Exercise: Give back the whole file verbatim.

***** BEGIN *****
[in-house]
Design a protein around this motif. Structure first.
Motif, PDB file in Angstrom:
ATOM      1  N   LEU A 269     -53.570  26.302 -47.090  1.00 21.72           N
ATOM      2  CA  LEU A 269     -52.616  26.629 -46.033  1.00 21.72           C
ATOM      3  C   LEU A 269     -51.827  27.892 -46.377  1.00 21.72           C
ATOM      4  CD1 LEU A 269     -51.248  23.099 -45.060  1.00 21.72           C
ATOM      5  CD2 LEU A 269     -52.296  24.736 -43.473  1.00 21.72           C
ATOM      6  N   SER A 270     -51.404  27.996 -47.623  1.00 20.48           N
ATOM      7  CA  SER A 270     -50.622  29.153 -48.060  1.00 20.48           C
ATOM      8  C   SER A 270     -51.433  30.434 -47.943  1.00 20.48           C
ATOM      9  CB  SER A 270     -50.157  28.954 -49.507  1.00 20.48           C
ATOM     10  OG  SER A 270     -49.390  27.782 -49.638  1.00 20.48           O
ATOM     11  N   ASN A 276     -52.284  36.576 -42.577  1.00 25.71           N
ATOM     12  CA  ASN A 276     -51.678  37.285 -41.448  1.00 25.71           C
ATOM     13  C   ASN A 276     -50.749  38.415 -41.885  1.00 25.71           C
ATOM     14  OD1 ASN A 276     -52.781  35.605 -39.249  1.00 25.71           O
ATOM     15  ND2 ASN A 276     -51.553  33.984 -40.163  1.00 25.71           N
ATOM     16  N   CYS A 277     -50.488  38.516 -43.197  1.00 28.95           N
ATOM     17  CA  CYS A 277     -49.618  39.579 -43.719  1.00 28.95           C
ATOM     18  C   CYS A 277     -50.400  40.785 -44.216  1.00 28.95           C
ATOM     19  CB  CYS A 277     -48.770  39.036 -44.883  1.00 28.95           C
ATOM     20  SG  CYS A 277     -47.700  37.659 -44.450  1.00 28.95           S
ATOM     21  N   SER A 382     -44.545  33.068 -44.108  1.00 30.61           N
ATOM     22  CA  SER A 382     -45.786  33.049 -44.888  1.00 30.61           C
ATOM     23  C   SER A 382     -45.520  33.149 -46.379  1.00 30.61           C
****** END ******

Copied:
[in-house]
Design a protein around this motif. Structure first.
Motif, PDB file in Angstrom:
ATOM      1  N   LEU A 269     -53.570  26.302 -47.090  1.00 21.72           N
ATOM      2  CA  LEU A 269     -52.616  26.629 -46.033  1.00 21.72           C
ATOM      3  C   LEU A 269     -51.827  27.892 -46.377  1.00 21.72           C
ATOM      4  CD1 LEU A 269     -51.248  23.099 -45.060  1.00 21.72           C
ATOM      5  CD2 LEU A 269     -52.296  24.736 -43.473  1.00 21.72           C
ATOM      6  N   SER A 270     -51.404  27.996 -47.623  1.00 20.48           N
ATOM      7  CA  SER A 270     -50.622  29.153 -48.060  1.00 20.48           C
ATOM      8  C   SER A 270     -51.433  30.434 -47.943  1.00 20.48           C
ATOM      9  CB  SER A 270     -50.157  28.954 -49.507  1.00 20.48           C
ATOM     10  OG  SER A 270     -49.390  27.782 -49.638  1.00 20.48           O
ATOM     11  N   ASN A 276     -52.284  36.576 -42.577  1.00 25.71           N
ATOM     12  CA  ASN A 276     -51.678  37.285 -41.448  1.00 25.71           C
ATOM     13  C   ASN A 276     -50.749  38.415 -41.885  1.00 25.71           C
ATOM     14  OD1 ASN A 276     -52.781  35.605 -39.249  1.00 25.71           O
ATOM     15  ND2 ASN A 276     -51.553  33.984 -40.163  1.00 25.71           N
ATOM     16  N   CYS A 277     -50.488  38.516 -43.197  1.00 28.95           N
ATOM     17  CA  CYS A 277     -49.618  39.579 -43.719  1.00 28.95           C
ATOM     18  C   CYS A 277     -50.400  40.785 -44.216  1.00 28.95           C
ATOM     19  CB  CYS A 277     -48.770  39.036 -44.883  1.00 28.95           C
ATOM     20  SG  CYS A 277     -47.700  37.659 -44.450  1.00 28.95           S
ATOM     21  N   SER A 382     -44.545  33.068 -44.108  1.00 30.61           N
ATOM     22  CA  SER A 382     -45.786  33.049 -44.888  1.00 30.61           C
ATOM     23  C   SER A 382     -45.520  33.149 -46.379  1.00 30.61           C